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As I said in one of my questions to James, there are seemingly hundreds of hydration products on the market and it is essential that if you decide you use one in a race, you figure out what is right for you by practicing with it well in advance.

For me, I have to say that I like the idea of using something that has electrolytes for ultra races seems like a great idea. For the marathon, the problem is that I can’t have pre-mixed drinks by the side of the course (not fast enough for that) and I feel as though I am running too fast to be able to open a packet of powder, get it into the neck of a bottle and then drink it – at 6 min/mile it is a matter of grabbing a bottle and taking a couple of gulps whilst trying to breathe!

But it is definitely worth thinking about your strategy and practicing what you are going to do on race days. If you want to try SOS it is available from Sweatshop* – let me know if you try it and what you think.

 

 

 

 

 

 

*disclaimer: at freestak, the company I co-own, we do work with Sweatshop on social media marketing campaigns but not as yet on SOS and we don’t work for SOS.

 

 

 

The Simple (Simon) Guide to Racing a Marathon – Part two: Hydration

Drink

I don’t think it is possible to race a marathon (I use the word ‘race’ as against ‘run’ or ‘complete’ because ‘race’ to me means pushing as close to your limits as you can) without getting dehydrated.

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As with so many things relating to a marathon, the key here is making sure you get it right in the days leading up to your race, so drink plenty in the few days before the race – and if you have to go to a race expo and walk around for hours looking at the latest gadget or pair of shoes, take a BIG bottle of water with you: a few sample cups of energy drink is not sufficient. Then on the morning of the race sip something like water or a diluted energy drink and make sure that you empty your bladder as close to the start of the race as possible.

During the race

Quite simply the act of getting water in your mouth when you are running as fast as you can, is not easy and at best you are likely to only get a mouthful or so. And even if you can get water into your mouth, your stomach can only absorb a certain amount and you really don’t want water sloshing around inside you as you run. So ‘little and often’ is my best advice here.

It has been reported that the great Haile Gebrselassie was 9% dehydrated when he set the then world record of 2:03:59. And his last mile was astonishingly fast. So dehydration can be managed. Just take a mouthful as often as you think is necessary, don’t drink too much and make sure you are very well hydrated before you start. Now that’s not complicated, is it?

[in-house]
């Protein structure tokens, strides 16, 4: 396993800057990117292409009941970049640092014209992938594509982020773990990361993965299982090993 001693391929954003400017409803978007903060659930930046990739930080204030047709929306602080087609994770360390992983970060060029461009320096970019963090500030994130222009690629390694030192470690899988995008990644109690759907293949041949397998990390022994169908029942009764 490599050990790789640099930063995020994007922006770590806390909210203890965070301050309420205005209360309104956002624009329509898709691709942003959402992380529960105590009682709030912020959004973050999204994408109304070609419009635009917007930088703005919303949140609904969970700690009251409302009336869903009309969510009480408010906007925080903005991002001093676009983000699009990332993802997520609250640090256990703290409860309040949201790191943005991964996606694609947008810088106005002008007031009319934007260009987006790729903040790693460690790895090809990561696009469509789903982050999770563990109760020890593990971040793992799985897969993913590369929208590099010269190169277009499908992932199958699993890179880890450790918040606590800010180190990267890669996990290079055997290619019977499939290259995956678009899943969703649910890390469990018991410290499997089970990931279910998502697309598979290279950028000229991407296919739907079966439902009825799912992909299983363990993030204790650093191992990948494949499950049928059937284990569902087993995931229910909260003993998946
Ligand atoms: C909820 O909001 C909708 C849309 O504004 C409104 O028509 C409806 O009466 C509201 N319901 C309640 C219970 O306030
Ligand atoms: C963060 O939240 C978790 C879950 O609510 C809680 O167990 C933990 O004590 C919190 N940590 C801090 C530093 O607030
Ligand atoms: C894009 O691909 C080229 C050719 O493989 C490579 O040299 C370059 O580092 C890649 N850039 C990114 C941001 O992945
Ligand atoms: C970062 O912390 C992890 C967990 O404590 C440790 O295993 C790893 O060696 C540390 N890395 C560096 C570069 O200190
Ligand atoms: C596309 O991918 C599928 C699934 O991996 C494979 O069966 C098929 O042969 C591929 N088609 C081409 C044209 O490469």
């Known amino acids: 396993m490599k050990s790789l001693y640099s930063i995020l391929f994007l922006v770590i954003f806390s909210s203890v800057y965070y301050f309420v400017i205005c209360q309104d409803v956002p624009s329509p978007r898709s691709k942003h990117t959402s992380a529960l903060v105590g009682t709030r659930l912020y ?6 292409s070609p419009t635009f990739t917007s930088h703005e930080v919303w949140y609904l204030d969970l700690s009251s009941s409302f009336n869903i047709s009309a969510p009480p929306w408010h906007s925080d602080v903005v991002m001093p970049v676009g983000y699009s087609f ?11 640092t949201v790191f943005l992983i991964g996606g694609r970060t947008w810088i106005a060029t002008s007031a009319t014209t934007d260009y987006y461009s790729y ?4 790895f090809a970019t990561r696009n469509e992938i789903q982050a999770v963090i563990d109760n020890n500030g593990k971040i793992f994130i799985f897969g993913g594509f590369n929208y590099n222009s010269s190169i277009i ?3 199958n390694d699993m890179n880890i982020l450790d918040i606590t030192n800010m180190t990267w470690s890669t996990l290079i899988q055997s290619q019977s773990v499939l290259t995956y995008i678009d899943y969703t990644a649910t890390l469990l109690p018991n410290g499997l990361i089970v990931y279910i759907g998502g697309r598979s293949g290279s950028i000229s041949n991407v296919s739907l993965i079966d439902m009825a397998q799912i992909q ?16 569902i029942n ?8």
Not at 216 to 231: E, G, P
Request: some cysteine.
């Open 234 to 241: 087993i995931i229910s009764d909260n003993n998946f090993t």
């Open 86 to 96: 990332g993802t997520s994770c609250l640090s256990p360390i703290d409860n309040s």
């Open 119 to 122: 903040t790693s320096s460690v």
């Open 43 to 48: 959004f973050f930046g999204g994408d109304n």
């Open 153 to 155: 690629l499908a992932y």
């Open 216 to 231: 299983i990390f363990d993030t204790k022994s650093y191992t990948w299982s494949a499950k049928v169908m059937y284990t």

Do as he says, not as I do

Last night I had the pleasure of attending a talk given by my coach Nick Anderson, to a group of runners from my club, the Mornington Chasers. The subject of the talk was rather wide-ranging and essentially boiled down to…

Ways to be the best runner you can be

As usual, Nick got stuck in to some pretty specific advice. And I took absolutely none of it on board. It was almost comical.

Amongst other things and in no particular order, Nick gave the following advice:

  • Hydrate well – I had probably drunk a pint of water all day and that evening drank almost exclusively fruit juice!
  • Eat properly – the Chasers had organised a some lovely food, but I actually ate some chips, some pizza and a couple of handfuls of peanuts. Nick told us clearly in that what we had eaten was not enough – that it was a snack and not dinner – but by the time I had cycled home it was nearly 11pm and I was tired. So I had two small bread rolls with feta cheese and a chocolate mousse. Brilliant!
  • Eat within 5 minutes of finishing your run/session – I had been for a pre-breakfast run at 7am but when I got back it was at least an hour before I managed to eat anything. Then the first thing to pass my lips was a cup of tea.
  • Sleep well – Nick talked about the fact that our bodies enter the phase where we are really repairing the damage from training after four hours sleep. I got to bed around midnight and was up at 5am… so that would be one solitary hour in the recovery sleep phase then.
pizza chips
A runners dinner? It is if you’re an idiot.

To top all that off, I went out today to meet a trail race organiser to learn about how to put on a good off-road event (it was a brilliant day and there will be a report on here very soon). By 2pm I was freezing cold – having spent almost 3 hours walking and running around the course with the organiser and a photographer, leaping in and out of puddles to get the perfect shot – and I had not eaten anything since 8am when I had feasted on just 2 slices of toast.

Life gets in the way of perfect training for most of us. But that is no excuse for being an idiot.

Like many people, I suspect, I allow the pressure of life and work to take over. But that is a choice I make. I can always make different choices if I want.